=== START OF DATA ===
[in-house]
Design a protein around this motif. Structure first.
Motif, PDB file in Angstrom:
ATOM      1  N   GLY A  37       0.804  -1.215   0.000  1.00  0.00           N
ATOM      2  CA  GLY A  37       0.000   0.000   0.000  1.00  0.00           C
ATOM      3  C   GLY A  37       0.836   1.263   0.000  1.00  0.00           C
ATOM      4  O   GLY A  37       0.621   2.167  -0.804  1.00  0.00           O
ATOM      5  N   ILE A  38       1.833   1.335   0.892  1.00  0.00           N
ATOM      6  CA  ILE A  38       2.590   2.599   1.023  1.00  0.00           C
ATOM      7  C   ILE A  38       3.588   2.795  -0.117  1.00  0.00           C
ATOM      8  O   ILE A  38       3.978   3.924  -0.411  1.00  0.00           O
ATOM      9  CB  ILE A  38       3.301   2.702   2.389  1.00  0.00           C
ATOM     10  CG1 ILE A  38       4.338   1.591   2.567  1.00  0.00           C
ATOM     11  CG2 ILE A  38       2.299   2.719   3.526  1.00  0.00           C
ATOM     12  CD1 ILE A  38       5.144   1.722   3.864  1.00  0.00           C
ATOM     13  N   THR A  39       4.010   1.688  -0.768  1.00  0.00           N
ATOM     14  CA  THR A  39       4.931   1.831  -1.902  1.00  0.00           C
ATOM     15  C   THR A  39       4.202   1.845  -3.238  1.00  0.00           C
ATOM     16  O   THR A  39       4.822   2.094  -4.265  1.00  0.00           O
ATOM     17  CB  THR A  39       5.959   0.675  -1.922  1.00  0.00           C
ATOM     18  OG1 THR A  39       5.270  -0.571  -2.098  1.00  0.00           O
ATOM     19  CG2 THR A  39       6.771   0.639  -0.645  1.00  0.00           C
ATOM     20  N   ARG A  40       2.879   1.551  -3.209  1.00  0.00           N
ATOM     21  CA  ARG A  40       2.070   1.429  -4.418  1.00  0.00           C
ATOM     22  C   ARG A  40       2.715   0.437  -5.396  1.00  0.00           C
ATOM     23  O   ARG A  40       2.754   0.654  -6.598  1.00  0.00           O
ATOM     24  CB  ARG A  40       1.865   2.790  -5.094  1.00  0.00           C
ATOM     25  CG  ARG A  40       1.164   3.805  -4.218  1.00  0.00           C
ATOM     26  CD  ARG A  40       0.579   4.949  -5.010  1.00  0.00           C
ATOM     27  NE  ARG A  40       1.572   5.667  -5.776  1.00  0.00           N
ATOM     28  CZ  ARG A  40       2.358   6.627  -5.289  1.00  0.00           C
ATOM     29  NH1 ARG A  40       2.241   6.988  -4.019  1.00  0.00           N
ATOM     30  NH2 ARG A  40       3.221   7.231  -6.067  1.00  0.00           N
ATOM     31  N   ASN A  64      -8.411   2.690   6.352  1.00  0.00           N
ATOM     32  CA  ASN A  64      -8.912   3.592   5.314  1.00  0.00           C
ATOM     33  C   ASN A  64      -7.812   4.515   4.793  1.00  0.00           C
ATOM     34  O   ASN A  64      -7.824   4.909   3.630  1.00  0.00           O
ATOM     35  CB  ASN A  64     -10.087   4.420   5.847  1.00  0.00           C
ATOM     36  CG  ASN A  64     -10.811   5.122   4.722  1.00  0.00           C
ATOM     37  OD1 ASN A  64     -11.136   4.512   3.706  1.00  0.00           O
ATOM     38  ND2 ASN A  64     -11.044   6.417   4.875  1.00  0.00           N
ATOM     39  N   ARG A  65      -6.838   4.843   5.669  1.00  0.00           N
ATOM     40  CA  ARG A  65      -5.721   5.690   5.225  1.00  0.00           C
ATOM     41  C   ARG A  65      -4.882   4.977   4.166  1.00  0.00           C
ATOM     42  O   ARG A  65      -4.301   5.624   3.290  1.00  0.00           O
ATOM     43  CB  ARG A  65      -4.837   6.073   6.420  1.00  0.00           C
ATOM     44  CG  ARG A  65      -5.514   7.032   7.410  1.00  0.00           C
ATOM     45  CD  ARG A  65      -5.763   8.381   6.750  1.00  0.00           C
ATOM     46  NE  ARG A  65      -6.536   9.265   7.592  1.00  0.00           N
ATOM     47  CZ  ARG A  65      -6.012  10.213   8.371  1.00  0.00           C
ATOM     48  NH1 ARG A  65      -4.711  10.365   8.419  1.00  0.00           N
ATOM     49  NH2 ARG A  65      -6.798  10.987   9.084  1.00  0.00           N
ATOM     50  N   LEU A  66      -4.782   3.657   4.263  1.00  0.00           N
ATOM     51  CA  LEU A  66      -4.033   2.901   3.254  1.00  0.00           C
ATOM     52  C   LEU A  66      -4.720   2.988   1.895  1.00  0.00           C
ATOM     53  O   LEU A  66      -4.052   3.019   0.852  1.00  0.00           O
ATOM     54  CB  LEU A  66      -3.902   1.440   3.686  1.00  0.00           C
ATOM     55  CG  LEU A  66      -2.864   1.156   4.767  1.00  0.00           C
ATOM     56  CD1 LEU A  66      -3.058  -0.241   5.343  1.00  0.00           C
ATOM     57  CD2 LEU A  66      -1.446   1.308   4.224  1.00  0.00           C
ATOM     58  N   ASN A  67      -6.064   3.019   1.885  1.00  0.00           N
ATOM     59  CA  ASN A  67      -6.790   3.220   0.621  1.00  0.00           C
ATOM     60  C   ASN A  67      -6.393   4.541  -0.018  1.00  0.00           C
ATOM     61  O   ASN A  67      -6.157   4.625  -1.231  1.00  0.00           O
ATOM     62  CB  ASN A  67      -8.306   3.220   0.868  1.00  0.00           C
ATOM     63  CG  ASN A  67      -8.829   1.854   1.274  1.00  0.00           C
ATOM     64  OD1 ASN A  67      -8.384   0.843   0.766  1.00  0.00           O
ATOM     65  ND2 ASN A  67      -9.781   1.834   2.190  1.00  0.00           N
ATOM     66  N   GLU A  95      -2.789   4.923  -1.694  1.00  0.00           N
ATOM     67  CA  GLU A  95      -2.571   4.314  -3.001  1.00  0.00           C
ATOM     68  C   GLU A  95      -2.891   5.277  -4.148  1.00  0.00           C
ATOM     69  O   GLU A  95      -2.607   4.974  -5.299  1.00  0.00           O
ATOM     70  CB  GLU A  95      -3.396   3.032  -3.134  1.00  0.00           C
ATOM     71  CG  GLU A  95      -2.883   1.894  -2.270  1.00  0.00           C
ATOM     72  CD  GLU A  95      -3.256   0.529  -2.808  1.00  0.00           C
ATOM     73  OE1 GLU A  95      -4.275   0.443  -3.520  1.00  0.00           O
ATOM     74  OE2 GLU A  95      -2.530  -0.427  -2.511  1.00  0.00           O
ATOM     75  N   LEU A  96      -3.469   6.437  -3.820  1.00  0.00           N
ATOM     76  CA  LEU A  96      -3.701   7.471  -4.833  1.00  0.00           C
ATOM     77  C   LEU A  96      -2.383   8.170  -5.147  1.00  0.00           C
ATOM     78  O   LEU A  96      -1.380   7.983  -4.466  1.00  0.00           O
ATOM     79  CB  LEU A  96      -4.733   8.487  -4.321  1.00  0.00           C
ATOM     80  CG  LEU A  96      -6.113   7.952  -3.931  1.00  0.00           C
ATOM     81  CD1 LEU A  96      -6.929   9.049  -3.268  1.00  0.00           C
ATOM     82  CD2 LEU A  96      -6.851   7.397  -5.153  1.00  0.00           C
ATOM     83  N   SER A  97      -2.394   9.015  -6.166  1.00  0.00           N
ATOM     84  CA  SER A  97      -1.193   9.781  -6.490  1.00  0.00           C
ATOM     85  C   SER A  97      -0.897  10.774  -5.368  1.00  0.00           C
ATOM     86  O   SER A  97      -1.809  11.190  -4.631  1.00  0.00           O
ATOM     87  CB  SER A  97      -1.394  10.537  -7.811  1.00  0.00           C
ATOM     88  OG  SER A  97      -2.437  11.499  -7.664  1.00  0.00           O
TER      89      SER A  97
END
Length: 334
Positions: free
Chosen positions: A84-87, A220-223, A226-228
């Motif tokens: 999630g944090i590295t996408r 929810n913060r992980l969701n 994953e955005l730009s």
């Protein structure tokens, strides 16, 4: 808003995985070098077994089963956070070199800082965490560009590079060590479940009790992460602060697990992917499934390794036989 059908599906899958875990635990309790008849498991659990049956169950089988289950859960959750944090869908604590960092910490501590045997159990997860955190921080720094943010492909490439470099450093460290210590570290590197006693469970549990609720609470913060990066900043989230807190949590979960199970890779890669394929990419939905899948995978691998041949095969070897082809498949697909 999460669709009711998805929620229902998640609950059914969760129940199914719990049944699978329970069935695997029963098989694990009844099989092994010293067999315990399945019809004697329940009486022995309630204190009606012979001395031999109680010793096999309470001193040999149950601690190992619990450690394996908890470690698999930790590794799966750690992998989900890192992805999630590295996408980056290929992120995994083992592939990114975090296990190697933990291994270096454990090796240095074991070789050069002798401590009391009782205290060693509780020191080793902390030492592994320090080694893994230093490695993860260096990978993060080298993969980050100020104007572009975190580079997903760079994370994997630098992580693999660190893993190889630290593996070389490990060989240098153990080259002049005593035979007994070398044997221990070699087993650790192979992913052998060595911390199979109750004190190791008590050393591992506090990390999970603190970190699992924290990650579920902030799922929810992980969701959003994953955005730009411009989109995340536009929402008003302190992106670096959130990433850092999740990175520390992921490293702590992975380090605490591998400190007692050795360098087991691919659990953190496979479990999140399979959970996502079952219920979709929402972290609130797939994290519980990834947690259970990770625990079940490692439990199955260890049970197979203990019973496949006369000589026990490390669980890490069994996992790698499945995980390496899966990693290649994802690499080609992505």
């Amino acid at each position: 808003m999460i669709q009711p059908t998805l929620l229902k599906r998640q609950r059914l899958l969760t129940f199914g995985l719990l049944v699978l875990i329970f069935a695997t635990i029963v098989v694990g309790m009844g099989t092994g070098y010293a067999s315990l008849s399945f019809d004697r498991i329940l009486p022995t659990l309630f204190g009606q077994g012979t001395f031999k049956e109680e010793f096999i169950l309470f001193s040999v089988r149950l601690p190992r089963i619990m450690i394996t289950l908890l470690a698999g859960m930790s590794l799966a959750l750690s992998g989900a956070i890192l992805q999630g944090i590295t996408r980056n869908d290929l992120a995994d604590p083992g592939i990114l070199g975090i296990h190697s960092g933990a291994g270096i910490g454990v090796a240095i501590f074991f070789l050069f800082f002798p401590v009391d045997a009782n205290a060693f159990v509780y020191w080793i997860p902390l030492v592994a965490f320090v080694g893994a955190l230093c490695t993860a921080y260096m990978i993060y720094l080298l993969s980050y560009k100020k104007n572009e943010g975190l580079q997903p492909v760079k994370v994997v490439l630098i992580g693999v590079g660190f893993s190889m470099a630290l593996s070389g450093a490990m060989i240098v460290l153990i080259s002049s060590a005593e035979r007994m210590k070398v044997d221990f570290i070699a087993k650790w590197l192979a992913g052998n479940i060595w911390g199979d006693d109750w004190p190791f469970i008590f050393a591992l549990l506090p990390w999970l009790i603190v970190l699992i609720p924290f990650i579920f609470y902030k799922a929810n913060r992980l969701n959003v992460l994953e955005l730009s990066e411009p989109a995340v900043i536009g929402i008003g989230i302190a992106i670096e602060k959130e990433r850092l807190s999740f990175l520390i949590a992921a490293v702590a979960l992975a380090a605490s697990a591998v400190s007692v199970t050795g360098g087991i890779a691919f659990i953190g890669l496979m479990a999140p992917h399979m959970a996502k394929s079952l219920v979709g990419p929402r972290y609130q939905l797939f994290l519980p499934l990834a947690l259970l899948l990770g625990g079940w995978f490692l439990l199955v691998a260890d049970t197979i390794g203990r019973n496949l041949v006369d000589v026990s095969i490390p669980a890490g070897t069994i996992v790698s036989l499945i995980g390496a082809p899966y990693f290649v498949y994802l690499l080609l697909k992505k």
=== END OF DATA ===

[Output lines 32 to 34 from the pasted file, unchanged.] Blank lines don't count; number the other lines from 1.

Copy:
ATOM     29  NH1 ARG A  40       2.241   6.988  -4.019  1.00  0.00           N
ATOM     30  NH2 ARG A  40       3.221   7.231  -6.067  1.00  0.00           N
ATOM     31  N   ASN A  64      -8.411   2.690   6.352  1.00  0.00           N